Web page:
This table is part of the topic "Education in Canada: Major Fields of Study," which presents 2001 Census data on the predominant discipline or area of learning or training of a person's highest postsecondary degree, certificate or diploma. These data can be used to help understand the make-up of the labour force, for example, whether Canada has an abundance or a lack of skilled human resources in a particular area.

    It is possible to subscribe to all the day-of-release bundles. For more information, refer to Catalogue No. 97F0023XCB.

    Release date: 2003-03-11

  • Table: 95F0424X2001003
    Description:

    This table shows 2001 Census data for the following levels of geography: Canada, provinces, territories and federal electoral districts (1996 Representation order).

    This table is part of the topic "Education in Canada: Major Fields of Study," which presents 2001 Census data on the predominant discipline or area of learning or training of a person's highest postsecondary degree, certificate or diploma. These data can be used to help understand the make-up of the labour force, for example, whether Canada has an abundance or a lack of skilled human resources in a particular area.

    It is possible to subscribe to all the day-of-release bundles. For more information, refer to Catalogue No. 97F0023XCB.

    Release date: 2003-03-11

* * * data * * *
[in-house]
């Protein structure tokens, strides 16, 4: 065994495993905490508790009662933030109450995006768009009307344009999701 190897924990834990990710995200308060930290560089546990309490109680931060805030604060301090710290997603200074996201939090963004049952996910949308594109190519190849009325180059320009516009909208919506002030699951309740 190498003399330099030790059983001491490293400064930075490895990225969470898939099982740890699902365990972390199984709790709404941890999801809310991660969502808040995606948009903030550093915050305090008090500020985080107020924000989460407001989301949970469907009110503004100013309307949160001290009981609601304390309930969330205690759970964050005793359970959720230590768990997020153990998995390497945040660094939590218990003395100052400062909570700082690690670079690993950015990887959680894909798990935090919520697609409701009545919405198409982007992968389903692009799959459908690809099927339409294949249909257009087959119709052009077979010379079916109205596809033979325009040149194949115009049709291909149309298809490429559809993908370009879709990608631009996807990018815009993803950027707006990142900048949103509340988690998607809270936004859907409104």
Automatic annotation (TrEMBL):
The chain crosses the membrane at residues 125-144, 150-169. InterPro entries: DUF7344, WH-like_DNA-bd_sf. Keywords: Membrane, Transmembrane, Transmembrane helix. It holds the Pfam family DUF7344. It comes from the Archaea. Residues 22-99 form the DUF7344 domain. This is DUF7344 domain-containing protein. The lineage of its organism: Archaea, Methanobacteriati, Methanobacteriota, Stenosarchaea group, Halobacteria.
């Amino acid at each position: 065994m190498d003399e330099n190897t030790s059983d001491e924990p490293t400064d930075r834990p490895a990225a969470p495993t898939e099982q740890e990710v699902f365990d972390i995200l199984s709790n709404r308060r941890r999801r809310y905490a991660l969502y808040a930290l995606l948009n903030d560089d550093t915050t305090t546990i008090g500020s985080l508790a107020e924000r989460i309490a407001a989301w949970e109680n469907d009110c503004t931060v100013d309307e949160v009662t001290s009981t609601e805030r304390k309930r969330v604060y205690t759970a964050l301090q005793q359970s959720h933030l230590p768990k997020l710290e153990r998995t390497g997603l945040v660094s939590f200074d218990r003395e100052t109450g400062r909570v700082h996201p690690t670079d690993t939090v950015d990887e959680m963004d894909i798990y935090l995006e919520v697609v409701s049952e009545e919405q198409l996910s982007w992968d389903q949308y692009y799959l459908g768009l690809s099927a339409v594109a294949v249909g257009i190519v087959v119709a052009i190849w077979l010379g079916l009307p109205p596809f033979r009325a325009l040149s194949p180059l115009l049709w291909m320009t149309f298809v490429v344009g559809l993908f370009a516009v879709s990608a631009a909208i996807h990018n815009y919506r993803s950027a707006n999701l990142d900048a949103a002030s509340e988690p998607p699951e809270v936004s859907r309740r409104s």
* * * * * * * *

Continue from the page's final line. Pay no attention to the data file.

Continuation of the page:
• Table: 95F0424X2001004
    Description:

    This table shows 2001 Census data for the following levels of geography: Canada, provinces, territories, census metropolitan areas and census agglomerations.

    This table is part of the topic "Education in Canada: Major Fields of Study," which presents 2001 Census data on the predominant discipline or area of learning or training of a person's highest postsecondary degree, certificate or diploma. These data can be used to help understand the make-up of the labour force, for example, whether Canada has an abundance or a lack of skilled human resources in a particular area.

    This table can also be found in the Topic Bundle: Education in Canada: Major Fields of Study, 2001 Census, Catalogue No. 97F0018XCB2001000.

    It is possible to subscribe to all the day-of-release bundles. For more information, refer to Catalogue no. 97F0023XCB.

    This table is available FREE on the Internet, Catalogue No. 95F0424XIE2001004.